Two recent studies focusing on the impact that digital technologies have on children and teens in the United States raised several warning signs for the business community.
On one hand, the proliferation of information accessible from computers and mobile phones opens new worlds and opportunities to young and old alike. But the fire hose of information, and the expectation that we can now tackle tough questions and find solutions with just a few clicks or taps are also a troubling trend for business.
With an ageing population sending more professionals into retirement in the coming years, businesses will have to hire, train and cope with a new wave of workers whose approach to problem solving contrasts sharply with students from previous generations.
Washington DC-based The Pew Internet and American Life Project issued a report analysing how teens approach research and academic work in a digital world. The survey's respondents agreed almost unanimously that the internet provides students limitless access to information, 77% of teachers Pew interviewed believed that digital technologies had a "mostly positive" impact on how their students conducted research.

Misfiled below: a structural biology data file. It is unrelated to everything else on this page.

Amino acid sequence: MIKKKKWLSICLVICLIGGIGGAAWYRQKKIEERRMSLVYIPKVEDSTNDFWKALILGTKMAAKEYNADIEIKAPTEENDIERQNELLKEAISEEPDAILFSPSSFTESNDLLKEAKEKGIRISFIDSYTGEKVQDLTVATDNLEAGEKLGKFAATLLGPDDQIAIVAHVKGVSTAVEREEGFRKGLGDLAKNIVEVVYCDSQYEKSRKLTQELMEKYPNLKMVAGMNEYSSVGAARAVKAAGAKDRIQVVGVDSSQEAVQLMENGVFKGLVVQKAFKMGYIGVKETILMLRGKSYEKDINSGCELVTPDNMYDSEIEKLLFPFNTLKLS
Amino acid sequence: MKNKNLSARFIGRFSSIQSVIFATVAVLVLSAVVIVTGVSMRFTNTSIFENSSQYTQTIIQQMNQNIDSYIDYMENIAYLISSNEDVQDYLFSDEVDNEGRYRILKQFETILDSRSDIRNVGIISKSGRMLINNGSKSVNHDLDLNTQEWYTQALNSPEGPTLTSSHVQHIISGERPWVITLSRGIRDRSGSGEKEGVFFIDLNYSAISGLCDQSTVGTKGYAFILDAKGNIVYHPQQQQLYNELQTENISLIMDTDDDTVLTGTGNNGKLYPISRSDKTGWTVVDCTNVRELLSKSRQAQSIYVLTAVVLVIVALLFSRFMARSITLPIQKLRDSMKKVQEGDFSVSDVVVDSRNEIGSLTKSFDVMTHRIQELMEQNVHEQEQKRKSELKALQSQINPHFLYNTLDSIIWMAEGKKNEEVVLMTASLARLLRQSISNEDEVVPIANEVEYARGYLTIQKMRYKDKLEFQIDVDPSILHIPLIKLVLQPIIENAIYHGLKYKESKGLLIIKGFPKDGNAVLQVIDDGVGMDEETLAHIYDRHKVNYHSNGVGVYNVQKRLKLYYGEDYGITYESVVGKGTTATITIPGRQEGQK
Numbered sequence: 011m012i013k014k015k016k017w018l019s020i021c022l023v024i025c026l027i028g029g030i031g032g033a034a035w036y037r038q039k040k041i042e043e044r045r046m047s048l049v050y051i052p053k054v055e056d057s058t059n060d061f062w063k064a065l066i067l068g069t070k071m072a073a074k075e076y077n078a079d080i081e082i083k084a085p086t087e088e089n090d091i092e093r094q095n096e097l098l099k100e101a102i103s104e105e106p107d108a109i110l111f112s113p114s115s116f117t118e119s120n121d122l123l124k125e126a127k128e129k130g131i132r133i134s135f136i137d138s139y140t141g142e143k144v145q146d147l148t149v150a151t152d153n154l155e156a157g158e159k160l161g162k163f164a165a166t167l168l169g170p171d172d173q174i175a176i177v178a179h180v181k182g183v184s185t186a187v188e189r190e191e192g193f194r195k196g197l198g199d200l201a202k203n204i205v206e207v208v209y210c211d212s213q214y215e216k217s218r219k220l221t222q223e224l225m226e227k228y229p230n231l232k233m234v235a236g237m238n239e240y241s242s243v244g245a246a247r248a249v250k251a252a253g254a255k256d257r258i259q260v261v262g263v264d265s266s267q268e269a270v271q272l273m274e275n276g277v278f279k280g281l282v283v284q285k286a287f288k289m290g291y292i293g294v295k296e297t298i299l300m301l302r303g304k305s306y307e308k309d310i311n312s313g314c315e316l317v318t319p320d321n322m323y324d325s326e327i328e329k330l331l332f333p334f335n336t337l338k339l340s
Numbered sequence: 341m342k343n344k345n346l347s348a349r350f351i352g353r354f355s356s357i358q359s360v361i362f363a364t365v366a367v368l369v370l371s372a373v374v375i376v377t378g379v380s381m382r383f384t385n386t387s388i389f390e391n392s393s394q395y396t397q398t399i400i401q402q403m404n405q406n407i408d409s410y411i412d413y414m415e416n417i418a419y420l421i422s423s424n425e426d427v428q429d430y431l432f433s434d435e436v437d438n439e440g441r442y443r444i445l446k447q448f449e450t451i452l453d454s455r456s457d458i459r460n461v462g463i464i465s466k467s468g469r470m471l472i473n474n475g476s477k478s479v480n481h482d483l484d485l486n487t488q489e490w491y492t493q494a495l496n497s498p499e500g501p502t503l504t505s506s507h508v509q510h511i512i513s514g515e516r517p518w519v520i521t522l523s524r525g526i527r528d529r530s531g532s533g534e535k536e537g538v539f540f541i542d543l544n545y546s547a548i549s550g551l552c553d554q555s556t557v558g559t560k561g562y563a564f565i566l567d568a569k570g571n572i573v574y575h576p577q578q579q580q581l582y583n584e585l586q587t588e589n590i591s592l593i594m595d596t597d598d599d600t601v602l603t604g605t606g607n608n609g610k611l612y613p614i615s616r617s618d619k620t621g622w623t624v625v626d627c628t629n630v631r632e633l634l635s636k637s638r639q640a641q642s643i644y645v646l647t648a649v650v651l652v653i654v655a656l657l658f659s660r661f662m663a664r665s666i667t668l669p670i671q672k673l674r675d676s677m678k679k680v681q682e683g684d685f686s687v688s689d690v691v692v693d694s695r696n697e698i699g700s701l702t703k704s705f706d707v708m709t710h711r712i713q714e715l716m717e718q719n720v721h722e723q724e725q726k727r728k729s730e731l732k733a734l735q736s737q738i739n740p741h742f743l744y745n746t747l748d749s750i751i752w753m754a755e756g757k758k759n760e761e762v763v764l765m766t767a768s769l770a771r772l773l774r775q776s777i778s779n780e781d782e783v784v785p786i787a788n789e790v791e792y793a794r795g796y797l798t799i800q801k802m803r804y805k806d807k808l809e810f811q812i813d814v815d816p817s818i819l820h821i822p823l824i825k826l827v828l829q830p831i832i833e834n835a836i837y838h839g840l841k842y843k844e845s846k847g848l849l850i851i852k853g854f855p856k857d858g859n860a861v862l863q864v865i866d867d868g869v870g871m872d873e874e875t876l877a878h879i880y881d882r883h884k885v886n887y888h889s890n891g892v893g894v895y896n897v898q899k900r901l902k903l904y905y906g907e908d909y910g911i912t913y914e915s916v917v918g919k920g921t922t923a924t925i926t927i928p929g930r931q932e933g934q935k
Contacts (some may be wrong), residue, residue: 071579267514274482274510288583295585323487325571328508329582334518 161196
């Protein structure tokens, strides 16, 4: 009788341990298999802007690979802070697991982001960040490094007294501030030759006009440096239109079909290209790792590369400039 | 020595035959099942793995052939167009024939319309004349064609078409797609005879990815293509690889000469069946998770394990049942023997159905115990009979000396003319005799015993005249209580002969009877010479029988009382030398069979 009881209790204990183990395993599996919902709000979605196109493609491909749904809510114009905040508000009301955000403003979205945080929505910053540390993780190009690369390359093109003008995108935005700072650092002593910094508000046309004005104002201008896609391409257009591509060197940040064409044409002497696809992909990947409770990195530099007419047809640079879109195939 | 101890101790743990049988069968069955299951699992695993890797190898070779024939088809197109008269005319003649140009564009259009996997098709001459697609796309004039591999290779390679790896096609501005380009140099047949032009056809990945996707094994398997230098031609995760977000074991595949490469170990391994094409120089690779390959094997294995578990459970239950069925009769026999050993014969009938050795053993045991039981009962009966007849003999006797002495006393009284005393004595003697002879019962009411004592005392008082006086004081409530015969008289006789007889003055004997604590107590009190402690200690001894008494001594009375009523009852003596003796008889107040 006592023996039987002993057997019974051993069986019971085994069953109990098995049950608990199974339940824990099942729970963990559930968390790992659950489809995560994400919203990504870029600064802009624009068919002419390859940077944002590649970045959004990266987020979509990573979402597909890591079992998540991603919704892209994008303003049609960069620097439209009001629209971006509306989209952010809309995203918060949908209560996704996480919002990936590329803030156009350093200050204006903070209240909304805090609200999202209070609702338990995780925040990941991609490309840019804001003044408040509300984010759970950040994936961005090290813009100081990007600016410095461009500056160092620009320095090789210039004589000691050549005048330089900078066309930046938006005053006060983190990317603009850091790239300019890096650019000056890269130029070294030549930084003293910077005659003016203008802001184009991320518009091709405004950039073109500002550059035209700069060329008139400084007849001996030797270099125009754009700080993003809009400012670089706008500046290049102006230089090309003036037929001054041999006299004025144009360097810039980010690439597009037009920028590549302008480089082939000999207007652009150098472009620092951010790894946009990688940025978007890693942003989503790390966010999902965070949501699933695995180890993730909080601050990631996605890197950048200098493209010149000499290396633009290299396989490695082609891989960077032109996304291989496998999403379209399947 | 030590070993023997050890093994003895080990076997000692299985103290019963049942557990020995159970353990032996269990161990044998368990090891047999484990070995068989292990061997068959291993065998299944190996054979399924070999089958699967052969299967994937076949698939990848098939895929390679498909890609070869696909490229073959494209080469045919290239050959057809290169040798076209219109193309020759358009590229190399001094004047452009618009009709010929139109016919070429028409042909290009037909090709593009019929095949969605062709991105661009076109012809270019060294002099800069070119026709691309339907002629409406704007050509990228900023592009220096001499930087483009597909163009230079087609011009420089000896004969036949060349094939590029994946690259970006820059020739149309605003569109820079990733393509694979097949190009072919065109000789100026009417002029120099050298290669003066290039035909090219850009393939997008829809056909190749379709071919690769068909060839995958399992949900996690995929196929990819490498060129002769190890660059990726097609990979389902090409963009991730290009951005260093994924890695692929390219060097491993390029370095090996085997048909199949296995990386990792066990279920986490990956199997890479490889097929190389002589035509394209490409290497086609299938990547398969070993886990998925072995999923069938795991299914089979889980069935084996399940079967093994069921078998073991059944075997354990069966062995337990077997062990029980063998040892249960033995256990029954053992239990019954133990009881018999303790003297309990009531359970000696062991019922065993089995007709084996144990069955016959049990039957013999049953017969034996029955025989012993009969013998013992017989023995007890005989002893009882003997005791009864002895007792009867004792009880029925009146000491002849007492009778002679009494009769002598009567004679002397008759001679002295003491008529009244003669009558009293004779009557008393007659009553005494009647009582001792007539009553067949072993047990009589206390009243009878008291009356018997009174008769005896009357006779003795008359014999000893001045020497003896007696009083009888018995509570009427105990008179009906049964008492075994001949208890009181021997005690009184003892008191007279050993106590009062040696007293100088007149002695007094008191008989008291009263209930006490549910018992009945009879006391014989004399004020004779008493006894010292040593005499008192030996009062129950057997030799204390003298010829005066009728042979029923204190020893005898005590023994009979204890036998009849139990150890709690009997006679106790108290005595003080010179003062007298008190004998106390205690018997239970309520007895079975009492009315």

Yet almost the same ratio of teachers agreed with the suggestion that internet search engines condition students to assume that information is always quickly and easily available. Google and Wikipedia have become the authoritative resources of choice; only 16% of teachers in the Pew survey believed their students would seek the assistance of a librarian.
Overall the survey's 50 questions reveal a trend that is hardly surprising: students today are far more media and technologically-savvy than ever before, but in some ways are less literate and more distracted than those of prior generations.
Source: The Guardian